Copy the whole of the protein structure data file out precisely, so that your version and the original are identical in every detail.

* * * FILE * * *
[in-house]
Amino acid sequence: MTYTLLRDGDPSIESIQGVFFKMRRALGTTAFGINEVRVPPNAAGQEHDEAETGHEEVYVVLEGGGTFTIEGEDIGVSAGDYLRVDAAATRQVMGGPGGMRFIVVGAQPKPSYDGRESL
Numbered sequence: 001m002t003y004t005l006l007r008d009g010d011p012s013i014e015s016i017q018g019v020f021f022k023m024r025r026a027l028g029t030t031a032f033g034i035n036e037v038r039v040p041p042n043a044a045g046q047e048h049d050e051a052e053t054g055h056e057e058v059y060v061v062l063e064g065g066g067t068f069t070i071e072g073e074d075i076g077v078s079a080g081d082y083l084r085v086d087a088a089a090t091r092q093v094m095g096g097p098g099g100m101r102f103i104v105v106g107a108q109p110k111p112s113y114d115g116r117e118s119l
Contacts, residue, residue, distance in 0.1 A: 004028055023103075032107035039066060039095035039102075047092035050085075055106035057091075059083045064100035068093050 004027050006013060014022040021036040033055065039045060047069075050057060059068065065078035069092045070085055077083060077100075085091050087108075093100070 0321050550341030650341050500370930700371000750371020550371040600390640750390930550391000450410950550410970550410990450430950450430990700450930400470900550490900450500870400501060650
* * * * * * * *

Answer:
[in-house]
Amino acid sequence: MTYTLLRDGDPSIESIQGVFFKMRRALGTTAFGINEVRVPPNAAGQEHDEAETGHEEVYVVLEGGGTFTIEGEDIGVSAGDYLRVDAAATRQVMGGPGGMRFIVVGAQPKPSYDGRESL
Numbered sequence: 001m002t003y004t005l006l007r008d009g010d011p012s013i014e015s016i017q018g019v020f021f022k023m024r025r026a027l028g029t030t031a032f033g034i035n036e037v038r039v040p041p042n043a044a045g046q047e048h049d050e051a052e053t054g055h056e057e058v059y060v061v062l063e064g065g066g067t068f069t070i071e072g073e074d075i076g077v078s079a080g081d082y083l084r085v086d087a088a089a090t091r092q093v094m095g096g097p098g099g100m101r102f103i104v105v106g107a108q109p110k111p112s113y114d115g116r117e118s119l
Contacts, residue, residue, distance in 0.1 A: 004028055023103075032107035039066060039095035039102075047092035050085075055106035057091075059083045064100035068093050 004027050006013060014022040021036040033055065039045060047069075050057060059068065065078035069092045070085055077083060077100075085091050087108075093100070 0321050550341030650341050500370930700371000750371020550371040600390640750390930550391000450410950550410970550410990450430950450430990700450930400470900550490900450500870400501060650